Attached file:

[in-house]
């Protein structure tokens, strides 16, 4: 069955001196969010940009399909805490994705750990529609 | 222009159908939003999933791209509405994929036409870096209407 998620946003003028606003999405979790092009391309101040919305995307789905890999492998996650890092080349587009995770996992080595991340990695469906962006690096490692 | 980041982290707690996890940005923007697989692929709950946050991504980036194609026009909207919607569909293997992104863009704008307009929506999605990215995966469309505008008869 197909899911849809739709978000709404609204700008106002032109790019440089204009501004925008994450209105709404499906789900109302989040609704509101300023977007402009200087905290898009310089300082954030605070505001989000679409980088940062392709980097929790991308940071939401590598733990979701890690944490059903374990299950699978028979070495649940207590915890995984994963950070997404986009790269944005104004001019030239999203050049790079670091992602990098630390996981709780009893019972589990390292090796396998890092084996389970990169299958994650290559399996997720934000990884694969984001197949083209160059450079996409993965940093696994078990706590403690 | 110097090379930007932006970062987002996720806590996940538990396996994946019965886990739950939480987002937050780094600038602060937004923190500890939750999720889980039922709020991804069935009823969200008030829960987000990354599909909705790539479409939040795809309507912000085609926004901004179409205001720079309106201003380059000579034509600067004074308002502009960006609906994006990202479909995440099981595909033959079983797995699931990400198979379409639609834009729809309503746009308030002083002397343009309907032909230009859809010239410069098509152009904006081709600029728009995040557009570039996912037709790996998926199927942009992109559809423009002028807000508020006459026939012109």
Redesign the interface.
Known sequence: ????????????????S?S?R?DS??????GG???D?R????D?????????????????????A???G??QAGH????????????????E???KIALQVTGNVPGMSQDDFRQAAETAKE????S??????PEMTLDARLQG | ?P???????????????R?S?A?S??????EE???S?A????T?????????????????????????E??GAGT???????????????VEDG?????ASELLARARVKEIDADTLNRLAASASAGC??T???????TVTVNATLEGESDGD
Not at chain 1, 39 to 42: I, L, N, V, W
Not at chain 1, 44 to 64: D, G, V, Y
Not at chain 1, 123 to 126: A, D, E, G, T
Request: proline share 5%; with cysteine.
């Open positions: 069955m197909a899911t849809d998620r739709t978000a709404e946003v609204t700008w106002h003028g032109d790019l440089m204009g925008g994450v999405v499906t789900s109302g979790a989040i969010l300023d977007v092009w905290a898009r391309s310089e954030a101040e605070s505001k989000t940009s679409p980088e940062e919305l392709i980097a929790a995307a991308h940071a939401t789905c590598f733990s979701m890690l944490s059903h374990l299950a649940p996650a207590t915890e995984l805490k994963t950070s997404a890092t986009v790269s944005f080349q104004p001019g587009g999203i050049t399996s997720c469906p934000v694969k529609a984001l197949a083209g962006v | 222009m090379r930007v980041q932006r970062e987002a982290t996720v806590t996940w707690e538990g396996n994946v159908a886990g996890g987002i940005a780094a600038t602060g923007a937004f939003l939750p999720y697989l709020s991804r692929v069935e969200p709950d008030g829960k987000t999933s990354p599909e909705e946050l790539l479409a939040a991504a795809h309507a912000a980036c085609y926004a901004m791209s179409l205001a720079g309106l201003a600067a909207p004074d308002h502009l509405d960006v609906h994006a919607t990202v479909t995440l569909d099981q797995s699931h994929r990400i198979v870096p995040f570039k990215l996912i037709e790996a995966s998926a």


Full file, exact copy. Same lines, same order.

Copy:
[in-house]
């Protein structure tokens, strides 16, 4: 069955001196969010940009399909805490994705750990529609 | 222009159908939003999933791209509405994929036409870096209407 998620946003003028606003999405979790092009391309101040919305995307789905890999492998996650890092080349587009995770996992080595991340990695469906962006690096490692 | 980041982290707690996890940005923007697989692929709950946050991504980036194609026009909207919607569909293997992104863009704008307009929506999605990215995966469309505008008869 197909899911849809739709978000709404609204700008106002032109790019440089204009501004925008994450209105709404499906789900109302989040609704509101300023977007402009200087905290898009310089300082954030605070505001989000679409980088940062392709980097929790991308940071939401590598733990979701890690944490059903374990299950699978028979070495649940207590915890995984994963950070997404986009790269944005104004001019030239999203050049790079670091992602990098630390996981709780009893019972589990390292090796396998890092084996389970990169299958994650290559399996997720934000990884694969984001197949083209160059450079996409993965940093696994078990706590403690 | 110097090379930007932006970062987002996720806590996940538990396996994946019965886990739950939480987002937050780094600038602060937004923190500890939750999720889980039922709020991804069935009823969200008030829960987000990354599909909705790539479409939040795809309507912000085609926004901004179409205001720079309106201003380059000579034509600067004074308002502009960006609906994006990202479909995440099981595909033959079983797995699931990400198979379409639609834009729809309503746009308030002083002397343009309907032909230009859809010239410069098509152009904006081709600029728009995040557009570039996912037709790996998926199927942009992109559809423009002028807000508020006459026939012109």
Redesign the interface.
Known sequence: ????????????????S?S?R?DS??????GG???D?R????D?????????????????????A???G??QAGH????????????????E???KIALQVTGNVPGMSQDDFRQAAETAKE????S??????PEMTLDARLQG | ?P???????????????R?S?A?S??????EE???S?A????T?????????????????????????E??GAGT???????????????VEDG?????ASELLARARVKEIDADTLNRLAASASAGC??T???????TVTVNATLEGESDGD
Not at chain 1, 39 to 42: I, L, N, V, W
Not at chain 1, 44 to 64: D, G, V, Y
Not at chain 1, 123 to 126: A, D, E, G, T
Request: proline share 5%; with cysteine.
């Open positions: 069955m197909a899911t849809d998620r739709t978000a709404e946003v609204t700008w106002h003028g032109d790019l440089m204009g925008g994450v999405v499906t789900s109302g979790a989040i969010l300023d977007v092009w905290a898009r391309s310089e954030a101040e605070s505001k989000t940009s679409p980088e940062e919305l392709i980097a929790a995307a991308h940071a939401t789905c590598f733990s979701m890690l944490s059903h374990l299950a649940p996650a207590t915890e995984l805490k994963t950070s997404a890092t986009v790269s944005f080349q104004p001019g587009g999203i050049t399996s997720c469906p934000v694969k529609a984001l197949a083209g962006v | 222009m090379r930007v980041q932006r970062e987002a982290t996720v806590t996940w707690e538990g396996n994946v159908a886990g996890g987002i940005a780094a600038t602060g923007a937004f939003l939750p999720y697989l709020s991804r692929v069935e969200p709950d008030g829960k987000t999933s990354p599909e909705e946050l790539l479409a939040a991504a795809h309507a912000a980036c085609y926004a901004m791209s179409l205001a720079g309106l201003a600067a909207p004074d308002h502009l509405d960006v609906h994006a919607t990202v479909t995440l569909d099981q797995s699931h994929r990400i198979v870096p995040f570039k990215l996912i037709e790996a995966s998926a």